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Proc Natl Acad Sci U S A. 2007 Jul 10;104(28):11666-9. Epub 2007 Jul 9.

Abrupt recent shift in delta 13C and delta 15N values in Adélie penguin eggshell in Antarctica.

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  • 1Department of Biology and Marine Biology, University of North Carolina, 601 South College Road, Wilmington, NC 28403, USA. emslies@uncw.edu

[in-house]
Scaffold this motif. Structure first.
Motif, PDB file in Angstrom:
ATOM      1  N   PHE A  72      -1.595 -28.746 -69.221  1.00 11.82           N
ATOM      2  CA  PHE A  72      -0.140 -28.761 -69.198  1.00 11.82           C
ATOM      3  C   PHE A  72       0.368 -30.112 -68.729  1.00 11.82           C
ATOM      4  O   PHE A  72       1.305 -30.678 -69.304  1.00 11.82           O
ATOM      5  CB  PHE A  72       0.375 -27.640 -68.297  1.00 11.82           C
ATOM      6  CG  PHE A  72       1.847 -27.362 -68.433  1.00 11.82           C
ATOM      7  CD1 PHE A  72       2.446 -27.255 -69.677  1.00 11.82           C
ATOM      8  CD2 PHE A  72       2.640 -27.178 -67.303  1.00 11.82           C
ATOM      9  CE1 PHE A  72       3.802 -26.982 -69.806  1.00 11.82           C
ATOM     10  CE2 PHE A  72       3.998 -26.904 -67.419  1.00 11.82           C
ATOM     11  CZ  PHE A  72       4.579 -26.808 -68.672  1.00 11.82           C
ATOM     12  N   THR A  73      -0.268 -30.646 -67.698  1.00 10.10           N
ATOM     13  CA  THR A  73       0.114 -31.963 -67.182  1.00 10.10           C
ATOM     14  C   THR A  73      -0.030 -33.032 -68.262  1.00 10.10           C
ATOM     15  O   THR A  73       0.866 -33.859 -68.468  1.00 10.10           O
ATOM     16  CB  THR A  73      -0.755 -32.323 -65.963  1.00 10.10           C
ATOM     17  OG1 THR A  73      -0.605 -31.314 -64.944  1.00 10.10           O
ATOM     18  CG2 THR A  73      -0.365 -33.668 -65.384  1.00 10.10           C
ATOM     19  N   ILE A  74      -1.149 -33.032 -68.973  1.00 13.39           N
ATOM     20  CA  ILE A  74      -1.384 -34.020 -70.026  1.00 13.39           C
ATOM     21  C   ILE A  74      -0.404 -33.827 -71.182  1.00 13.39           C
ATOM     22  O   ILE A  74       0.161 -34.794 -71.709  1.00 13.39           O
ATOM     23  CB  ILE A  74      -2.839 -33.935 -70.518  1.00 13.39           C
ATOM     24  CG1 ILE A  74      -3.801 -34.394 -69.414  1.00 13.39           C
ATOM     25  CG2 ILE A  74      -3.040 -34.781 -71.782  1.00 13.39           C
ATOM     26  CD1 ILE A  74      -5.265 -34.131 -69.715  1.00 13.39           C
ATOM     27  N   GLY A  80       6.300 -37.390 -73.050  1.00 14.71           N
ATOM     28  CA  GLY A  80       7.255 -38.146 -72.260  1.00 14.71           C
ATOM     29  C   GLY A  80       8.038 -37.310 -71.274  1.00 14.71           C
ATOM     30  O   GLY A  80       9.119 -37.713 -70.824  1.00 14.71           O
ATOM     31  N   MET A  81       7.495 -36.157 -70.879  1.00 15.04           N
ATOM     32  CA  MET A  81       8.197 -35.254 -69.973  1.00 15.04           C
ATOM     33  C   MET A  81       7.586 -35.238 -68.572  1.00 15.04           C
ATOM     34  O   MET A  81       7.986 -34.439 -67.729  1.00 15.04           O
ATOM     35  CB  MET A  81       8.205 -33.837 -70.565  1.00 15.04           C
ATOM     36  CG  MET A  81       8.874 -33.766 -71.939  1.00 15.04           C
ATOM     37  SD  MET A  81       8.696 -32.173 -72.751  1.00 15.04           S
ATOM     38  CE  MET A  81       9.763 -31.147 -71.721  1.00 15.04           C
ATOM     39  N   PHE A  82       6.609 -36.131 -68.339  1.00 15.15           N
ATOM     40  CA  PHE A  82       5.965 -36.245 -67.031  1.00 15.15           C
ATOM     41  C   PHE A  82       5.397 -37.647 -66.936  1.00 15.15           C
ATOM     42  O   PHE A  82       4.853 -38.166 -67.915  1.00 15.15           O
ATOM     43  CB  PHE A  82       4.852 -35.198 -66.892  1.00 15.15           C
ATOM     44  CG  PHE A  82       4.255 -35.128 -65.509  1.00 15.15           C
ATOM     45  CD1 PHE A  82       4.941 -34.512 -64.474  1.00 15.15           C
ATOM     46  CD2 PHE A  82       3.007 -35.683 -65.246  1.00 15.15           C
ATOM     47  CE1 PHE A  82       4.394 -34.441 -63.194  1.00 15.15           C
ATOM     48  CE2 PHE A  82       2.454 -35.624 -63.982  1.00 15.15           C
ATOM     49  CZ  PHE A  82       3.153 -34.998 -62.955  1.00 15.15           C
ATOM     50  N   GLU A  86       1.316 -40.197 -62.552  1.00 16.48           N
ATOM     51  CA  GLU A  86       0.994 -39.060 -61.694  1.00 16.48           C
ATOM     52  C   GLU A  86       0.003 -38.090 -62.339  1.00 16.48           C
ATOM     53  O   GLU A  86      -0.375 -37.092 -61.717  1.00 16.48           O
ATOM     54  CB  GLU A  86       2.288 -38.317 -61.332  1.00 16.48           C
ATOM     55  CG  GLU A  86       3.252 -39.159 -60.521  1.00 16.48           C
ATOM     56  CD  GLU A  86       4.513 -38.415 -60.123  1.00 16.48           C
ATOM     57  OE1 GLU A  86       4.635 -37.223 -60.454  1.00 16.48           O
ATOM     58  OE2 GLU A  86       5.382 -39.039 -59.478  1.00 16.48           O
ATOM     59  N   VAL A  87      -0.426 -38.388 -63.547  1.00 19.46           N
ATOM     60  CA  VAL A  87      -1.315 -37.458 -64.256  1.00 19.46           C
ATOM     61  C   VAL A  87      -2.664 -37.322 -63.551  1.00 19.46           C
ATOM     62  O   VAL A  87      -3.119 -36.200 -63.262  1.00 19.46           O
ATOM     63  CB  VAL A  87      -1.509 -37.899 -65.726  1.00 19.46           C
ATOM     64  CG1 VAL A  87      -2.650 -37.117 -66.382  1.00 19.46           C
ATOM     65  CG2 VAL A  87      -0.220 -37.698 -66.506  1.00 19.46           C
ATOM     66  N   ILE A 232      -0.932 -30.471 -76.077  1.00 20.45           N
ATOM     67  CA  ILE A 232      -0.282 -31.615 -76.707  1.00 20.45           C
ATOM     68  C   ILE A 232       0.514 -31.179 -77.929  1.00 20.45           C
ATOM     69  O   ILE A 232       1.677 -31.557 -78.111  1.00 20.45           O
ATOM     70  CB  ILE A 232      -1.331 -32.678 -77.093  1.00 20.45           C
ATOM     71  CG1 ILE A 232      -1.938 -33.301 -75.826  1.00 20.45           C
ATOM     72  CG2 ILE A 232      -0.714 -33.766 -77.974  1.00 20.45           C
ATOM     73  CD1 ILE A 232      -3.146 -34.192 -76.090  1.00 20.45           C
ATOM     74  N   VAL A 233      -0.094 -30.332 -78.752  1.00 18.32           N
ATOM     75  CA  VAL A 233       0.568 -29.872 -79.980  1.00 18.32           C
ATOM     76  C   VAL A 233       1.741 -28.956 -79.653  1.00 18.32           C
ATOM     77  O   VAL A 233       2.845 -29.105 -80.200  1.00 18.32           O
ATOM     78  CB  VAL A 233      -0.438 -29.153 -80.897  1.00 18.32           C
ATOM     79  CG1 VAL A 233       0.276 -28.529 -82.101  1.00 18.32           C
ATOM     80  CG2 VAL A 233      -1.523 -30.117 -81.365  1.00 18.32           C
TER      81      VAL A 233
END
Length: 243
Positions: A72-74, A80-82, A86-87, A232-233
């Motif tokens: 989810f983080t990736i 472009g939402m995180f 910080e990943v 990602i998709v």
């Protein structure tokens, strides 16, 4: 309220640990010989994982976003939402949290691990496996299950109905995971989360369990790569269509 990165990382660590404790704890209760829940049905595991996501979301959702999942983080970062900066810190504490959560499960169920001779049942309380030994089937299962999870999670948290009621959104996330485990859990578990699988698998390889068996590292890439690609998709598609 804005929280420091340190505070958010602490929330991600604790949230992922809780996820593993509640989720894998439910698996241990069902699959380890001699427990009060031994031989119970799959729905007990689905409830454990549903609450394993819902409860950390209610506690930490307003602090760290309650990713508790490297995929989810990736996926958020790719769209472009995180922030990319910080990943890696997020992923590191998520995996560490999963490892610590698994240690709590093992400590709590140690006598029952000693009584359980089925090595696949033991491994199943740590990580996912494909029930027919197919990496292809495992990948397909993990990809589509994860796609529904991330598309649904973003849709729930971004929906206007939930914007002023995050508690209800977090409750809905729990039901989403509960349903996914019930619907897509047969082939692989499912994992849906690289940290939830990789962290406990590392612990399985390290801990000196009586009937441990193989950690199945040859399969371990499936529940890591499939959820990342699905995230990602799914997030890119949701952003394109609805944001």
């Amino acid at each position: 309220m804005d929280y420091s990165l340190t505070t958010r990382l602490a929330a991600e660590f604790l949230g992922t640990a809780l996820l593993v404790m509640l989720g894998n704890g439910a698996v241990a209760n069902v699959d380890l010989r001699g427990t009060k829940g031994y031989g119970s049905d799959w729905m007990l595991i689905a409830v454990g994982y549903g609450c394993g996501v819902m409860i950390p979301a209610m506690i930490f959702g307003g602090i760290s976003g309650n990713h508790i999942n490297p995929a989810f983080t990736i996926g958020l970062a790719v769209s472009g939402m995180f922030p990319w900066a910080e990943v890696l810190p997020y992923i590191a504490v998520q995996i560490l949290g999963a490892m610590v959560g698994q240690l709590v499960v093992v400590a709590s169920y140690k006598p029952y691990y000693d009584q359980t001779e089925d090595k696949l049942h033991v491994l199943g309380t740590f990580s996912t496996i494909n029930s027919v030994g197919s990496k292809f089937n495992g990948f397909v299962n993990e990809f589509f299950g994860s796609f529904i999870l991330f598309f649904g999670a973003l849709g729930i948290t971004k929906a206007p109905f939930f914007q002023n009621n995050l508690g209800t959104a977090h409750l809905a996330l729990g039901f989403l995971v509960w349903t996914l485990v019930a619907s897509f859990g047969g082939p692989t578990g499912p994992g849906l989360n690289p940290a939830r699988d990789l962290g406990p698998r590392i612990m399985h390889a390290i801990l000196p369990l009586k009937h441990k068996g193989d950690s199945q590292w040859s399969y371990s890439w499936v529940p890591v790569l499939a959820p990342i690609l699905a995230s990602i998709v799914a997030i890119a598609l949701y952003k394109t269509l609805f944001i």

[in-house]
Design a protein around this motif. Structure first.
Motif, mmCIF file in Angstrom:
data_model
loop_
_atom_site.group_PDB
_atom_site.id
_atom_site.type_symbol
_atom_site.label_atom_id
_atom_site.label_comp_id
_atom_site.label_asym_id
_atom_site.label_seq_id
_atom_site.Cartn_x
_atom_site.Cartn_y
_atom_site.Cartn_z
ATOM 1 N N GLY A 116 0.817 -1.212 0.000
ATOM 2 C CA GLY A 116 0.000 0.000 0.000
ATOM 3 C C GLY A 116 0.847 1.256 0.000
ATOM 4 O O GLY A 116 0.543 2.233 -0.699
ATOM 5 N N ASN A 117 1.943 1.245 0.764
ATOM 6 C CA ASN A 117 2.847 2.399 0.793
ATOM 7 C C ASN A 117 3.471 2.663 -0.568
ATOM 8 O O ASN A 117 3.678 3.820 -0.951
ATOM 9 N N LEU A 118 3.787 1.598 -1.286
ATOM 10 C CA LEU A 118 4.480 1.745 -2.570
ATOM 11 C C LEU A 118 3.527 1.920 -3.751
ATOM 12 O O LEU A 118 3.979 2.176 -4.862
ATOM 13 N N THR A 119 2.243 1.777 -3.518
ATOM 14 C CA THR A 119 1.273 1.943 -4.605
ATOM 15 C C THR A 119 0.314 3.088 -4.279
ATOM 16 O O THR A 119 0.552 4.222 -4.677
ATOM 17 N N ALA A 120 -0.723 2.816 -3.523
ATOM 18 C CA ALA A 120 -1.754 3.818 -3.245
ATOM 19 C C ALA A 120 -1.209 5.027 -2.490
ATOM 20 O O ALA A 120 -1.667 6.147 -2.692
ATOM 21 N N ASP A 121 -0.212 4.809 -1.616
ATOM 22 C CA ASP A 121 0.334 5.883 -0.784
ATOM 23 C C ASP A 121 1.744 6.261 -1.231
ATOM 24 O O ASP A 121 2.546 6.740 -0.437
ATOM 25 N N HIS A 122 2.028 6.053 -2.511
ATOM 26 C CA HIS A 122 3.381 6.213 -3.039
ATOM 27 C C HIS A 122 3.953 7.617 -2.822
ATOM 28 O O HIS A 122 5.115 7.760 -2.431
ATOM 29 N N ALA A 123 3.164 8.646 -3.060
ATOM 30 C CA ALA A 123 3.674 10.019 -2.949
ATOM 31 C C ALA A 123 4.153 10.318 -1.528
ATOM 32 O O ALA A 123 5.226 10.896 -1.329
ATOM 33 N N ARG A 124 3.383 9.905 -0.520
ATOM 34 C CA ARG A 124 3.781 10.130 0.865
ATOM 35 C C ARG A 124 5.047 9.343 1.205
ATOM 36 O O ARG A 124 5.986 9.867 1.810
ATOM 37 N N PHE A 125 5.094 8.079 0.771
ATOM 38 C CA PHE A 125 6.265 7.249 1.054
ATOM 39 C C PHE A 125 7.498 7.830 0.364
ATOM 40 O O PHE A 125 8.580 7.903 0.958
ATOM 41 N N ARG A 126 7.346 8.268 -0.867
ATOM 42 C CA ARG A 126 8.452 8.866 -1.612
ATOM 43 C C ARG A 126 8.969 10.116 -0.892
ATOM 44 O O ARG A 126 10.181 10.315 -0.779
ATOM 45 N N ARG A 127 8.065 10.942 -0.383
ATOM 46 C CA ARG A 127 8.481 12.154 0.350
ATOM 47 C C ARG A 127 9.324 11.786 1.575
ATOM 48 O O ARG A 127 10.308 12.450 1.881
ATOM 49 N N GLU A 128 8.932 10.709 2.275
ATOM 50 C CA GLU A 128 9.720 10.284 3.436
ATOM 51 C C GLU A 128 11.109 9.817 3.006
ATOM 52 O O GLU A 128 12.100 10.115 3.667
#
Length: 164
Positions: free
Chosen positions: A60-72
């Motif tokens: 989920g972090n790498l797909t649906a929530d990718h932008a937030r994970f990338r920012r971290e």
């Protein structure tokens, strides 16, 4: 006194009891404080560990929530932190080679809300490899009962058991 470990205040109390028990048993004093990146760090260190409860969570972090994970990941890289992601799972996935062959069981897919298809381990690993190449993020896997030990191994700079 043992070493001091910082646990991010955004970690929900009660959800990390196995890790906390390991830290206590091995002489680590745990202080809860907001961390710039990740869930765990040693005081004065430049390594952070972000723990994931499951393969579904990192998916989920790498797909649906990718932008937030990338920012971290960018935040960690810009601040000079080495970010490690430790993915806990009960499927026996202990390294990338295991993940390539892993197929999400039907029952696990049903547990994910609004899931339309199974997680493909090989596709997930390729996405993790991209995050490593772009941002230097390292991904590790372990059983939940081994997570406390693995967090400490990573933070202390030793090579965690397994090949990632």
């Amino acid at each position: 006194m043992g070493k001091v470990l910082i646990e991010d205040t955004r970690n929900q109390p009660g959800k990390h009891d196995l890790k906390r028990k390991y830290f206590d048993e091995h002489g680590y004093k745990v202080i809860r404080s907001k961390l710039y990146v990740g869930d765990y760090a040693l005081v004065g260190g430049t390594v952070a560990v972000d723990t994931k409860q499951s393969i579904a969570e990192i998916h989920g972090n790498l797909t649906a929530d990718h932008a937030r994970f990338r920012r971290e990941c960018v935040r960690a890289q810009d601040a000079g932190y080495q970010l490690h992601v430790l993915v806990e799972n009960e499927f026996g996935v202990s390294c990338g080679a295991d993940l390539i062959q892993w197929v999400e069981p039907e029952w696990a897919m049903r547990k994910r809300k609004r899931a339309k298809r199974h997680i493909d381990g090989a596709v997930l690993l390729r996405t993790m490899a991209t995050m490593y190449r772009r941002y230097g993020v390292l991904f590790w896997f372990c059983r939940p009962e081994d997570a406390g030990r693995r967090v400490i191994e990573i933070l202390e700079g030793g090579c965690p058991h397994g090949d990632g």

Stable isotope values of carbon (delta13C) and nitrogen (delta15N) in blood, feathers, eggshell, and bone have been used in seabird studies since the 1980s, providing a valuable source of information on diet, foraging patterns, and migratory behavior in these birds. These techniques can also be applied to fossil material when preservation of bone and other tissues is sufficient. Excavations of abandoned Adélie penguin (Pygoscelis adeliae) colonies in Antarctica often provide well preserved remains of bone, feathers, and eggshell dating from hundreds to thousands of years B.P. Herein we present an approximately 38,000-year time series of delta13C and delta15N values of Adélie penguin eggshell from abandoned colonies located in three major regions of Antarctica. Results indicate an abrupt shift to lower-trophic prey in penguin diets within the past approximately 200 years. We posit that penguins only recently began to rely on krill as a major portion of their diet, in conjunction with the removal of baleen whales and krill-eating seals during the historic whaling era. Our results support the "krill surplus" hypothesis that predicts excess krill availability in the Southern Ocean after this period of exploitation.

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